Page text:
I’m not very good at being sick

Is it a skill to be good at being sick? I guess it could be, because I completely lack it. I’ve been struggling with a lingering cold for close to three weeks, and it finally came into fruition on Friday. Meetings cancelled, stayed out of the office, all that jazz. Saturday was slow, I was exhausted, but no harm done because hey — it’s the weekend after all. I felt better so I stayed up late, had some interesting conversations… Then I did it all over again on the Sunday, and thus my morning shower on the Monday consumed whatever energy I had to offer that day.

I always do this, just like everyone else. You start to get better, you feel better, you’re bored, so you overdo something. Like staying up late, like going to a party, like starting a project, like working too much. Whatever it is you do when you’re at the brink of not being sick anymore, the result is always the same. The backlash hits you hard, you’ll have to rest even more, that sort of thing.

My brain is the first part of me that gets well. It fires up before I’ve even really succumbed to the illness, and it has no patience whatsoever with a feverish body. My brain wants to write. It wants to write code. The brain wants to produce something because it’s the only part of my body that’s functioning. Except it’s not, it’s delusional, even more than normal.

I also write long paragraphs when I’m sick, or so I’m told

I’ve learned to take it easy when I’m sick, for medical reasons but also because most of the things I create in this state will either be thrown out, or put on ice. I never write fiction when I feel crappy, it taints the story somehow. Sometimes I squeeze in a freelance piece, blog post, or such, but never anything that requires a lot from me.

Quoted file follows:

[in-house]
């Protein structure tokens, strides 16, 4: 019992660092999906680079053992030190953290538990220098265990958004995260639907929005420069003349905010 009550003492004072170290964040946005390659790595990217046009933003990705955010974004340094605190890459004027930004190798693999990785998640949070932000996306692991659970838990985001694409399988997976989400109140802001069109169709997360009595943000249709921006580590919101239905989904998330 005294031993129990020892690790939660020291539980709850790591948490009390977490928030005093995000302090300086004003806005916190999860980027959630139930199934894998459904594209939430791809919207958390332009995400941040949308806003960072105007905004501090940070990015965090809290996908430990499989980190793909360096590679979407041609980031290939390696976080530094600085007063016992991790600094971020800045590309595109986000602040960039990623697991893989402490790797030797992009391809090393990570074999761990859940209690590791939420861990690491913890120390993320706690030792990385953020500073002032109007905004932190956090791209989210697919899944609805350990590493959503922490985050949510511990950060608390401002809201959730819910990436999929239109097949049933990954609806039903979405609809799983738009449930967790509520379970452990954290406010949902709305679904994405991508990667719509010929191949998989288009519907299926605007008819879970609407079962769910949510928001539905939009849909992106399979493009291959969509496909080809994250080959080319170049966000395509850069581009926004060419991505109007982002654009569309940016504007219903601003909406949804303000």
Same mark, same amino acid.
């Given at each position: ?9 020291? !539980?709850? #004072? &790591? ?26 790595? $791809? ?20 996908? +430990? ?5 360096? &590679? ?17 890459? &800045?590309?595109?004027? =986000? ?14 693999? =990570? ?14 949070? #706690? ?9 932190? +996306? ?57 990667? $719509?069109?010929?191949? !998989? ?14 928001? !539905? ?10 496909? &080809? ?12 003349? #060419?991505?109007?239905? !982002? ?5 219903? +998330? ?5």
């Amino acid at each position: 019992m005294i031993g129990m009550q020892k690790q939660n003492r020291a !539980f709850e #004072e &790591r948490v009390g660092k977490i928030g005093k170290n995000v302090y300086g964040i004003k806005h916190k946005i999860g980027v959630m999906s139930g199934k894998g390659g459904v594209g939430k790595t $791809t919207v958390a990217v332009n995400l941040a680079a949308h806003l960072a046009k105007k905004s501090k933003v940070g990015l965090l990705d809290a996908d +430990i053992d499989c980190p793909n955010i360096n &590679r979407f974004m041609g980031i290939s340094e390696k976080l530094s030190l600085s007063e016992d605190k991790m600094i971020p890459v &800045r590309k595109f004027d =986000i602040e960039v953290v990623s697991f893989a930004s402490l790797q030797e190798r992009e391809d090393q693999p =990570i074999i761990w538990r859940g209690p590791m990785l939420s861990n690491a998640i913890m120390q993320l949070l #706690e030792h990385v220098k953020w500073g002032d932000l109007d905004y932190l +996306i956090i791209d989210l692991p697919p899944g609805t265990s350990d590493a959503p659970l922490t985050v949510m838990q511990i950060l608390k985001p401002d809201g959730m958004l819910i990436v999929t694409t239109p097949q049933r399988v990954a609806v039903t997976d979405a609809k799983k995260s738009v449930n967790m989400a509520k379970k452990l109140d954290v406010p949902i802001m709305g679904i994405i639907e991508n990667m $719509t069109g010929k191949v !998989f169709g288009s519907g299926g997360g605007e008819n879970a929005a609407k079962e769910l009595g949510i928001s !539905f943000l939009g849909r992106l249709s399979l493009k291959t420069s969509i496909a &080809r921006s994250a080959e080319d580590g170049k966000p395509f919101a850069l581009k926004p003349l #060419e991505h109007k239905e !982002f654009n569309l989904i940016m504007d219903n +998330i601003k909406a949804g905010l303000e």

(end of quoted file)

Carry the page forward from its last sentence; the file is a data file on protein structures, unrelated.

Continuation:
Can’t feed the brain, oh no, it’ll just barge on and through, and then suddenly I’ve launched a new site, started a company, pitched an idea that I can’t possibly follow through on because when I’m well again I have all that other stuff that fills my days.

I also write long paragraphs when I’m sick, or so I’m told.

My timing couldn’t have been better though. There are no huge looming deadlines, just some in the distance, well under control. There is, however, a princess to save. I’ve been spending my days on the couch, playing The Legend of Zelda: Breath of the Wild on Nintendo Switch (which I enjoy tremendously, as you might recall). It might very well be the best Zelda-game to date, rivalling A Link to the Past. I won’t be able to tell until Breath of the Wild has battled with Father Time, any comparison now would be flawed. And yet, that’s where my mind is at the moment.

This is a great game (buy from Amazon)

Open world games, where you can roam the vast landscapes and (more or less) shape your in-game destiny appeals to me. I love The Elder Scrolls and have spent so many hours playing Skyrim that it frightens me sometimes. Games like these take time, you have to immerse yourself in the world and figure out who you want to be. It’s a bit like a role-playing game that way, the old school kind with dice and pens and paper and candlelight and nerds in a basement. I like it.

This is also the only way I can make sure I get the rest I need. By chaining myself to a game — Breath of the Wild at the moment — I also make sure I don’t get caught up in something new. I won’t start at short story, rebuild my site (err…), or start any kind of a project. I’ll be too busy exploring the wilderness, farming and cooking and killing monsters and solving puzzles. Possibly writing about it, but that’s fine, it’s connected, it’s not my brain picking the locks to my self-imposed open world prison.

Anything to give myself time to get well again. Whatever works, right?

Have you read <em>Haunted Futures</em> yet? cover

Have you read Haunted Futures yet?

I’ve got a story in the science fiction/near future anthology Haunted Futures, together with the likes of Warren Ellis and Tricia Sullivan. Check it out!